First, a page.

Social networks, like other online communities, are participatory, conversational, and fluid. Members produce, publish, control, critique, rank, and interact with online content. On Facebook, for instance, the second most popular social network, members can build a profile that includes information about their education, habits, favorite movies and books, and other personality indicators. They can send and receive messages to members, “friend” people, and join groups and networks. Profiles can be complemented with pictures, news feeds on member activities (e.g., Tracy just went shopping), and a variety of widgets. Widgets are small applications made up of code embedded on a Web site. Facebook widgets enable members to virtually hug, wink, smile, and engage in a host of other behaviors. Most sites offer similar features, with messaging, profiling, and friending being the core functions of any network site. The interaction with others enhances the need to return to the site and continue the process of generating new content. The result is an online community of friends who may spend hours in the network each day.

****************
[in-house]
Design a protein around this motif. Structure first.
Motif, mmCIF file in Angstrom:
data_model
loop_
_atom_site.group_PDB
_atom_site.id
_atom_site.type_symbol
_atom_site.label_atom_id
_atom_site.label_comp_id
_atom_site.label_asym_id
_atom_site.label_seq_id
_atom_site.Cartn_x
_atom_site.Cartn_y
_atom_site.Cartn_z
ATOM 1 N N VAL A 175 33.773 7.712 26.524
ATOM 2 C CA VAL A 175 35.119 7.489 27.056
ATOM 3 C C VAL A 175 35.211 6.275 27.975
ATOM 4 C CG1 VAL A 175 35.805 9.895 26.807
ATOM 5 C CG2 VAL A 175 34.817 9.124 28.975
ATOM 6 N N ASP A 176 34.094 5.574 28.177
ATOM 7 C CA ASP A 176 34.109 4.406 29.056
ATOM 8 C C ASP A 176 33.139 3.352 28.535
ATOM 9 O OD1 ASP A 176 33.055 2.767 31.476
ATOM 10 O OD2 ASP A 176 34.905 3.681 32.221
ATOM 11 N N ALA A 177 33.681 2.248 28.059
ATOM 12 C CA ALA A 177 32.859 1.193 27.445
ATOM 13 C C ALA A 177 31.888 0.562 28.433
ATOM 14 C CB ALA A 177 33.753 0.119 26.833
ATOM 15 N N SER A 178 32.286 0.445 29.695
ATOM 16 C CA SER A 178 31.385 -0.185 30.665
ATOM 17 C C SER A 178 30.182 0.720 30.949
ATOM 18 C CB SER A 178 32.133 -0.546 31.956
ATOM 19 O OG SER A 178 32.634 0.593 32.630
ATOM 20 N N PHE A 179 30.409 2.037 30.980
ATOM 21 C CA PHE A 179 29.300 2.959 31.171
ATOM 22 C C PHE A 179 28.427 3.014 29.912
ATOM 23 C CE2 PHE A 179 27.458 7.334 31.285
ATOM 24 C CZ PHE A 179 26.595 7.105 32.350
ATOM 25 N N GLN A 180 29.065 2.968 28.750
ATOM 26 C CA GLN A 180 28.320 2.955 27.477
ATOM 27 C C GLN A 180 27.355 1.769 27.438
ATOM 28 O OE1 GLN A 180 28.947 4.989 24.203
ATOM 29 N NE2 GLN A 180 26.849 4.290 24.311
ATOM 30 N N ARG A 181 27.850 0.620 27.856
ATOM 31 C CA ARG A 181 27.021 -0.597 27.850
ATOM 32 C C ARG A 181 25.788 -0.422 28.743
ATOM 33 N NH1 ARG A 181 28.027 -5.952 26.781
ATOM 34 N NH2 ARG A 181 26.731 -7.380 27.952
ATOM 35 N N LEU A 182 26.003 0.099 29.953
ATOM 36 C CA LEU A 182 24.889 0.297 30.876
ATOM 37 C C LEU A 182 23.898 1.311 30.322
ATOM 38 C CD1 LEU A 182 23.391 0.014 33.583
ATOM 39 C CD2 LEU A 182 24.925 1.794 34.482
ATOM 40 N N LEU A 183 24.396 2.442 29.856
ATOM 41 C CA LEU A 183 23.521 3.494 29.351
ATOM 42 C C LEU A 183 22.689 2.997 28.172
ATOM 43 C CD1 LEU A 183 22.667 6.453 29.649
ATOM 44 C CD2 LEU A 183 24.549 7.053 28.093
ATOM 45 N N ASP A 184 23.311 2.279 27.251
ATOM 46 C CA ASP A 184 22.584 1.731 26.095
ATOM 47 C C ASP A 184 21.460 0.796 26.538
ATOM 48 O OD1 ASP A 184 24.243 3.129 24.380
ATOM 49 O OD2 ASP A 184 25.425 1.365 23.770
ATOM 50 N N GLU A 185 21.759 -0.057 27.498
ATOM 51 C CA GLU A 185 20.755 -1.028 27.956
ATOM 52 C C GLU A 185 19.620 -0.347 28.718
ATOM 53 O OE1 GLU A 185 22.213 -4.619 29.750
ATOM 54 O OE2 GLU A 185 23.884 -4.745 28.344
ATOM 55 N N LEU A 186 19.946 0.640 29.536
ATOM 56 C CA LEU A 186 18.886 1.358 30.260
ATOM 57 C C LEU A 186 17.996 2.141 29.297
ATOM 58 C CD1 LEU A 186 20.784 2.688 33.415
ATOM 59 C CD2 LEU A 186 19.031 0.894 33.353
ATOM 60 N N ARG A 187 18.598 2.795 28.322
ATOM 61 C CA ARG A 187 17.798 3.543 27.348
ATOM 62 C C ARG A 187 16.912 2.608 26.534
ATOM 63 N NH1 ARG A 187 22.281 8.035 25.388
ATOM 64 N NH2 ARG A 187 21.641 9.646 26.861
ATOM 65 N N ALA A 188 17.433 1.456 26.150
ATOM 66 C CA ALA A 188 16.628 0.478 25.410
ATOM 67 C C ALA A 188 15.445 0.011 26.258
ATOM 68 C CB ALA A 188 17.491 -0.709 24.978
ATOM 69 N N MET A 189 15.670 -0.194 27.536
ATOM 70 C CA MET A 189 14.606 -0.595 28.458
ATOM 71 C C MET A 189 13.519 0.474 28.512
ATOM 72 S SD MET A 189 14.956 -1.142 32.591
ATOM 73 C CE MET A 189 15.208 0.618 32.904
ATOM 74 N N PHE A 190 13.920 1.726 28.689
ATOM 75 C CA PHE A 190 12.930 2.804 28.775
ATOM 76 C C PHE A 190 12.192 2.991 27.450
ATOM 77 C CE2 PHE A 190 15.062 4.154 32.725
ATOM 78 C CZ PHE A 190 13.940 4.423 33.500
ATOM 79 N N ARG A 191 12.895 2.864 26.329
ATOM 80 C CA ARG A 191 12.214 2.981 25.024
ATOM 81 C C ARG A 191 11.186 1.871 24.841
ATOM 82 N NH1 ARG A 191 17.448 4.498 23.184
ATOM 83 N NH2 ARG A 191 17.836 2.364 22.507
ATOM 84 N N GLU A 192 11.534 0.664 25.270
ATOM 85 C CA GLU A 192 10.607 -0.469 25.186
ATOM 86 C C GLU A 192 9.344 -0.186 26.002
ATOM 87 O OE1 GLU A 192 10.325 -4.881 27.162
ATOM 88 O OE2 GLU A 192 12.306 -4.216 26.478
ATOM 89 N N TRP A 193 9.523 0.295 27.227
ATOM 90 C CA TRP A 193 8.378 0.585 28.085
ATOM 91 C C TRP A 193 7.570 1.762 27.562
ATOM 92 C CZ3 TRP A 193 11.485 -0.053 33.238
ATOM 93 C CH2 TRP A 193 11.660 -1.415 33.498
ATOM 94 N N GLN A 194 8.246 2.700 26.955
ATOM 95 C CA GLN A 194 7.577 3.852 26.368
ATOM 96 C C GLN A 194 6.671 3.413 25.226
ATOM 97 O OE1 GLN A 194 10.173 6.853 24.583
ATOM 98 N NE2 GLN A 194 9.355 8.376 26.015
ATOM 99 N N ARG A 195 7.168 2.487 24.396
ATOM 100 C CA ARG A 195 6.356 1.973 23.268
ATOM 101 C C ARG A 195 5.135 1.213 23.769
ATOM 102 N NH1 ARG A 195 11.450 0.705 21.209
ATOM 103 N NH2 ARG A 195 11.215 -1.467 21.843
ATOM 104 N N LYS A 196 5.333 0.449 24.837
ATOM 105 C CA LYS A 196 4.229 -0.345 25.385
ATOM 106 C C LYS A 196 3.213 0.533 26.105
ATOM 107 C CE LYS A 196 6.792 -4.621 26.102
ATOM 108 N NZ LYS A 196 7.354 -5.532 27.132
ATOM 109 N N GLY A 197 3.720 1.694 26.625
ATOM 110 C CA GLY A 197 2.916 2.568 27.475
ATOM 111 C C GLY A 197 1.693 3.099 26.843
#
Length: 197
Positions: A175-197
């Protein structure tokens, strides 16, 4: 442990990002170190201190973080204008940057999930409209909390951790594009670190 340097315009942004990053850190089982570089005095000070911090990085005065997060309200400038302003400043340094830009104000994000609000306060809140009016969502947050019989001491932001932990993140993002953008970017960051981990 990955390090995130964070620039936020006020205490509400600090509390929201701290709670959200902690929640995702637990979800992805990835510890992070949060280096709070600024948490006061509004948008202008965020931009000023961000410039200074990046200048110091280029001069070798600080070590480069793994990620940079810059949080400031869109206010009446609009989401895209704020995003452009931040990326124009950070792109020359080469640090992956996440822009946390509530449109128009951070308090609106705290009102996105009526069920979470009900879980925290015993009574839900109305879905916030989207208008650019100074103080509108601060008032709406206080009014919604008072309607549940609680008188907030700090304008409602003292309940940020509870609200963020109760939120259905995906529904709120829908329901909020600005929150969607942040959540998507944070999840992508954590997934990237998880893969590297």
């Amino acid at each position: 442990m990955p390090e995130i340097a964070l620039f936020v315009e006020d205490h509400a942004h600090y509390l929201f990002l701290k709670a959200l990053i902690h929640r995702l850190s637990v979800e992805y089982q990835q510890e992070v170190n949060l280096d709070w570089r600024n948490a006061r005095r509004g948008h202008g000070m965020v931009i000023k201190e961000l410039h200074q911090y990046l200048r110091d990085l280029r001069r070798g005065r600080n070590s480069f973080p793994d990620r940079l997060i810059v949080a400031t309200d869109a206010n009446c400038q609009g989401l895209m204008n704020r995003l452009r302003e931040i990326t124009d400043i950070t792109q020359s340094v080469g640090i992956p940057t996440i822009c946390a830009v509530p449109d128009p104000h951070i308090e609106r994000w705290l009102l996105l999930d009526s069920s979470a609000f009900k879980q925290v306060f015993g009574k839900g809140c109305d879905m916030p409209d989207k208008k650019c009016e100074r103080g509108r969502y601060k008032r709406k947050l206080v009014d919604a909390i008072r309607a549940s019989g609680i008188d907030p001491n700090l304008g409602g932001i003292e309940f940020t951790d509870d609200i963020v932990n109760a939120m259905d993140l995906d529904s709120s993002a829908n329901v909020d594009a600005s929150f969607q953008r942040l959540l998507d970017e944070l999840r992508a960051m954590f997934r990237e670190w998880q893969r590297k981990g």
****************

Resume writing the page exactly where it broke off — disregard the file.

Mashable, a social-networking news Web site, claims more than 350 social-networking sites exist. It wasn’t terribly long ago that social networking was thought of primarily as a teenage pastime with general Internet population statistics suggesting only about 15% of Internet users visited social-networking sites.’ Since those early days of online communities, social networking has taken off as a cultural phenomenon among youth with 70% of teens reporting use of online networking sites. These days adults, too, are social-networking online. Social-networking sites are among the fastest growing and most commonly visited sites online. According to Nielsen/NetRatings, the top ten most-visited social networking sites reach 45% of active Internet users. Despite the diversity of sites targeting Internet users based on a host of hobbies, interests, and demographic characteristics, two sites, MySpace and Facebook, reach more than any of the others. It is reported by comScore that MySpace reached more than 40% and Facebook near 20% of Internet users in the United States. The raw figures amount to hundreds of millions of unique visitors at these sites.